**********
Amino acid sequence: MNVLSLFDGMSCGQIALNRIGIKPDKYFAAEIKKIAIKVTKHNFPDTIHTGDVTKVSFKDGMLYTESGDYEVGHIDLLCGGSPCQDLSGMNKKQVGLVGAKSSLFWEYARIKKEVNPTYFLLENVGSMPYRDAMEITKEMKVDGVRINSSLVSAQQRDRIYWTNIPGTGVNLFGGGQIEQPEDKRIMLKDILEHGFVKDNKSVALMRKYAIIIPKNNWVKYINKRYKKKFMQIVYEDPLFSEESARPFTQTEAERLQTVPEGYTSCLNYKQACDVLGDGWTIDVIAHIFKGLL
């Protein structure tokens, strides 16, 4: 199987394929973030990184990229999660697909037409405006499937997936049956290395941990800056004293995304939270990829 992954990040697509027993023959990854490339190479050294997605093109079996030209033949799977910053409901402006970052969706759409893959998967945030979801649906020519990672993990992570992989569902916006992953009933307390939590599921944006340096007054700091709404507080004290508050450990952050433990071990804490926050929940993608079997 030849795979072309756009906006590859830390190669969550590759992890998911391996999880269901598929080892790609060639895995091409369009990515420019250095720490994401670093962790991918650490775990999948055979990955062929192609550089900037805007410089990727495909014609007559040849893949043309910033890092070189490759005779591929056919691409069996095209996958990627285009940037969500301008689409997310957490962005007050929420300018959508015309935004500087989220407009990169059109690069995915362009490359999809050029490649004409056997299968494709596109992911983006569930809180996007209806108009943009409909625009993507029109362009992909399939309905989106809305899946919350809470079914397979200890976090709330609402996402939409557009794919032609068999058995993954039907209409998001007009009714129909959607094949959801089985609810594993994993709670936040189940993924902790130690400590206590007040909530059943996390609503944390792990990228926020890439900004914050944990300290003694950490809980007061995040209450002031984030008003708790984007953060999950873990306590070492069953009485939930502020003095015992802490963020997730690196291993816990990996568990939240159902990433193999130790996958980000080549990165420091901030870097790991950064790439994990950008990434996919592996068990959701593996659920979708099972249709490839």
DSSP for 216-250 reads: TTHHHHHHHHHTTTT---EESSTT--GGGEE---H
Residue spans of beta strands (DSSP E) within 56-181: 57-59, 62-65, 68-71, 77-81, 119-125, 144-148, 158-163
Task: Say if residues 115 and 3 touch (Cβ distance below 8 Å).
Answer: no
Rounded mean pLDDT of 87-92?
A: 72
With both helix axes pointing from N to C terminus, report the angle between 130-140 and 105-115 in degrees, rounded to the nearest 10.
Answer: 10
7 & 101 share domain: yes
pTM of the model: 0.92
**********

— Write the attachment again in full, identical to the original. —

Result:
Amino acid sequence: MNVLSLFDGMSCGQIALNRIGIKPDKYFAAEIKKIAIKVTKHNFPDTIHTGDVTKVSFKDGMLYTESGDYEVGHIDLLCGGSPCQDLSGMNKKQVGLVGAKSSLFWEYARIKKEVNPTYFLLENVGSMPYRDAMEITKEMKVDGVRINSSLVSAQQRDRIYWTNIPGTGVNLFGGGQIEQPEDKRIMLKDILEHGFVKDNKSVALMRKYAIIIPKNNWVKYINKRYKKKFMQIVYEDPLFSEESARPFTQTEAERLQTVPEGYTSCLNYKQACDVLGDGWTIDVIAHIFKGLL
């Protein structure tokens, strides 16, 4: 199987394929973030990184990229999660697909037409405006499937997936049956290395941990800056004293995304939270990829 992954990040697509027993023959990854490339190479050294997605093109079996030209033949799977910053409901402006970052969706759409893959998967945030979801649906020519990672993990992570992989569902916006992953009933307390939590599921944006340096007054700091709404507080004290508050450990952050433990071990804490926050929940993608079997 030849795979072309756009906006590859830390190669969550590759992890998911391996999880269901598929080892790609060639895995091409369009990515420019250095720490994401670093962790991918650490775990999948055979990955062929192609550089900037805007410089990727495909014609007559040849893949043309910033890092070189490759005779591929056919691409069996095209996958990627285009940037969500301008689409997310957490962005007050929420300018959508015309935004500087989220407009990169059109690069995915362009490359999809050029490649004409056997299968494709596109992911983006569930809180996007209806108009943009409909625009993507029109362009992909399939309905989106809305899946919350809470079914397979200890976090709330609402996402939409557009794919032609068999058995993954039907209409998001007009009714129909959607094949959801089985609810594993994993709670936040189940993924902790130690400590206590007040909530059943996390609503944390792990990228926020890439900004914050944990300290003694950490809980007061995040209450002031984030008003708790984007953060999950873990306590070492069953009485939930502020003095015992802490963020997730690196291993816990990996568990939240159902990433193999130790996958980000080549990165420091901030870097790991950064790439994990950008990434996919592996068990959701593996659920979708099972249709490839």
DSSP for 216-250 reads: TTHHHHHHHHHTTTT---EESSTT--GGGEE---H
Residue spans of beta strands (DSSP E) within 56-181: 57-59, 62-65, 68-71, 77-81, 119-125, 144-148, 158-163
Task: Say if residues 115 and 3 touch (Cβ distance below 8 Å).
Answer: no
Rounded mean pLDDT of 87-92?
A: 72
With both helix axes pointing from N to C terminus, report the angle between 130-140 and 105-115 in degrees, rounded to the nearest 10.
Answer: 10
7 & 101 share domain: yes
pTM of the model: 0.92